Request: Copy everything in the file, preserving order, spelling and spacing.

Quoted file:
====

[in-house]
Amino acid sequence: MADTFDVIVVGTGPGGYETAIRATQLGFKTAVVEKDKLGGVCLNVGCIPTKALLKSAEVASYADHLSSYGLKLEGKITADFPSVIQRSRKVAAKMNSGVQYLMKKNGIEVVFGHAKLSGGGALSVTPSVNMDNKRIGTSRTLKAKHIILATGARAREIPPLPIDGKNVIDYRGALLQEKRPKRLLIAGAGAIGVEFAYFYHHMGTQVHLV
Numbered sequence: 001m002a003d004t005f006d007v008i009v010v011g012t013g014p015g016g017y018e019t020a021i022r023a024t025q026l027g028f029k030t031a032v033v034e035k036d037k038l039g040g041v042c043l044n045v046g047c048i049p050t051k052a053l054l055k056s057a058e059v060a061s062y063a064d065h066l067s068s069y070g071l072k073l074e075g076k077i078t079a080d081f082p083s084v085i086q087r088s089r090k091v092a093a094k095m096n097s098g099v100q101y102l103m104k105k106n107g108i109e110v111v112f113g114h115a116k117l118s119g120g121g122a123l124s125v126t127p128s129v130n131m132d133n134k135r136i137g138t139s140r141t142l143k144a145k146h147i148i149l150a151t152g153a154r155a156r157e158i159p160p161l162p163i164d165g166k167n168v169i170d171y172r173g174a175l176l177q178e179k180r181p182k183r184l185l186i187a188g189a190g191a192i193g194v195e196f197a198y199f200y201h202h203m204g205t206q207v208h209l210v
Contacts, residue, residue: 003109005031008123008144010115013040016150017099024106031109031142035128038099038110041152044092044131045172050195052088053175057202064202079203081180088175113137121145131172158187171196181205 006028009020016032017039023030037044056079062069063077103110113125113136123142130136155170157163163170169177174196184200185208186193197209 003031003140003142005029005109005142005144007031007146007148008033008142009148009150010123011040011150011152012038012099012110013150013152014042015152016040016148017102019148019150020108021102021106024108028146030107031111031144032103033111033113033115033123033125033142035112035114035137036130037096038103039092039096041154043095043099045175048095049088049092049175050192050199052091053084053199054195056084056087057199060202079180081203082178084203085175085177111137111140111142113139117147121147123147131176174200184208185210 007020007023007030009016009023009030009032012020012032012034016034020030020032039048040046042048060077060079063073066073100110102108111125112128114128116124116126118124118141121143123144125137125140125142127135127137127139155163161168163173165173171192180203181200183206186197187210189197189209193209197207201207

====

[in-house]
Amino acid sequence: MADTFDVIVVGTGPGGYETAIRATQLGFKTAVVEKDKLGGVCLNVGCIPTKALLKSAEVASYADHLSSYGLKLEGKITADFPSVIQRSRKVAAKMNSGVQYLMKKNGIEVVFGHAKLSGGGALSVTPSVNMDNKRIGTSRTLKAKHIILATGARAREIPPLPIDGKNVIDYRGALLQEKRPKRLLIAGAGAIGVEFAYFYHHMGTQVHLV
Numbered sequence: 001m002a003d004t005f006d007v008i009v010v011g012t013g014p015g016g017y018e019t020a021i022r023a024t025q026l027g028f029k030t031a032v033v034e035k036d037k038l039g040g041v042c043l044n045v046g047c048i049p050t051k052a053l054l055k056s057a058e059v060a061s062y063a064d065h066l067s068s069y070g071l072k073l074e075g076k077i078t079a080d081f082p083s084v085i086q087r088s089r090k091v092a093a094k095m096n097s098g099v100q101y102l103m104k105k106n107g108i109e110v111v112f113g114h115a116k117l118s119g120g121g122a123l124s125v126t127p128s129v130n131m132d133n134k135r136i137g138t139s140r141t142l143k144a145k146h147i148i149l150a151t152g153a154r155a156r157e158i159p160p161l162p163i164d165g166k167n168v169i170d171y172r173g174a175l176l177q178e179k180r181p182k183r184l185l186i187a188g189a190g191a192i193g194v195e196f197a198y199f200y201h202h203m204g205t206q207v208h209l210v
Contacts, residue, residue: 003109005031008123008144010115013040016150017099024106031109031142035128038099038110041152044092044131045172050195052088053175057202064202079203081180088175113137121145131172158187171196181205 006028009020016032017039023030037044056079062069063077103110113125113136123142130136155170157163163170169177174196184200185208186193197209 003031003140003142005029005109005142005144007031007146007148008033008142009148009150010123011040011150011152012038012099012110013150013152014042015152016040016148017102019148019150020108021102021106024108028146030107031111031144032103033111033113033115033123033125033142035112035114035137036130037096038103039092039096041154043095043099045175048095049088049092049175050192050199052091053084053199054195056084056087057199060202079180081203082178084203085175085177111137111140111142113139117147121147123147131176174200184208185210 007020007023007030009016009023009030009032012020012032012034016034020030020032039048040046042048060077060079063073066073100110102108111125112128114128116124116126118124118141121143123144125137125140125142127135127137127139155163161168163173165173171192180203181200183206186197187210189197189209193209197207201207